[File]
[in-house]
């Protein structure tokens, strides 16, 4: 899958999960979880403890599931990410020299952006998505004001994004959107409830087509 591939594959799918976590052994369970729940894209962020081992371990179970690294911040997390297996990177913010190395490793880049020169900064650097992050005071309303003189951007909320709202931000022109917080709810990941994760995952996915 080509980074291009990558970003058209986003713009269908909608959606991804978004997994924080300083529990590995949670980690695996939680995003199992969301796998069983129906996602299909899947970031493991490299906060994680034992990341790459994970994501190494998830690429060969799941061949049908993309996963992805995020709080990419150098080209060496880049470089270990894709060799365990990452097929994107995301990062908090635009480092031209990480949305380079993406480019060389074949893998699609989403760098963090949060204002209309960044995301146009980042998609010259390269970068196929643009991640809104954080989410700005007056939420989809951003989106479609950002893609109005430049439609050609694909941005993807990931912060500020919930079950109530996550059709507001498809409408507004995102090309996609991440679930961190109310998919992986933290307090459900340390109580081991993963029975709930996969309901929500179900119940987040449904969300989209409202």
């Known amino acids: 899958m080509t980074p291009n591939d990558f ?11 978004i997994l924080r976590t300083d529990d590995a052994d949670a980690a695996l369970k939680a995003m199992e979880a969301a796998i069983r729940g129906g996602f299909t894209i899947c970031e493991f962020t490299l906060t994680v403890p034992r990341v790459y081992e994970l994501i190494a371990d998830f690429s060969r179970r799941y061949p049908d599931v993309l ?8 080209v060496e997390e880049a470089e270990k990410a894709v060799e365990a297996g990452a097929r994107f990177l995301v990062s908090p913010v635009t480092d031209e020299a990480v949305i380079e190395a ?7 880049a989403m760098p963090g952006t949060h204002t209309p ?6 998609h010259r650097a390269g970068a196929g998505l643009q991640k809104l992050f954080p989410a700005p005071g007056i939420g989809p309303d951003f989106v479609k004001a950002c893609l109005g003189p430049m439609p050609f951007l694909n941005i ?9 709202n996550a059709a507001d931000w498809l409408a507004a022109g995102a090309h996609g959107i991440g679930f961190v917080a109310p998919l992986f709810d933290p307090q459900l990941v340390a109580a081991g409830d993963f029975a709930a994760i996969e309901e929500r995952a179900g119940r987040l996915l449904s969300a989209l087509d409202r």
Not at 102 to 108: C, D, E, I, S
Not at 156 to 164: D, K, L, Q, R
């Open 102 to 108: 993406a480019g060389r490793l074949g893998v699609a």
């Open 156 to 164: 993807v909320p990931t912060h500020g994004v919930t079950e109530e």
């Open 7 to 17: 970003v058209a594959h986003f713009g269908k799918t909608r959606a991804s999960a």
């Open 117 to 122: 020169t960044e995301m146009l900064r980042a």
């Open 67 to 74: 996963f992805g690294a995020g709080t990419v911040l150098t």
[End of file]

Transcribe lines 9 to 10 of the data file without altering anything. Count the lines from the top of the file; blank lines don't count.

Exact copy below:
């Open 117 to 122: 020169t960044e995301m146009l900064r980042a």
């Open 67 to 74: 996963f992805g690294a995020g709080t990419v911040l150098t």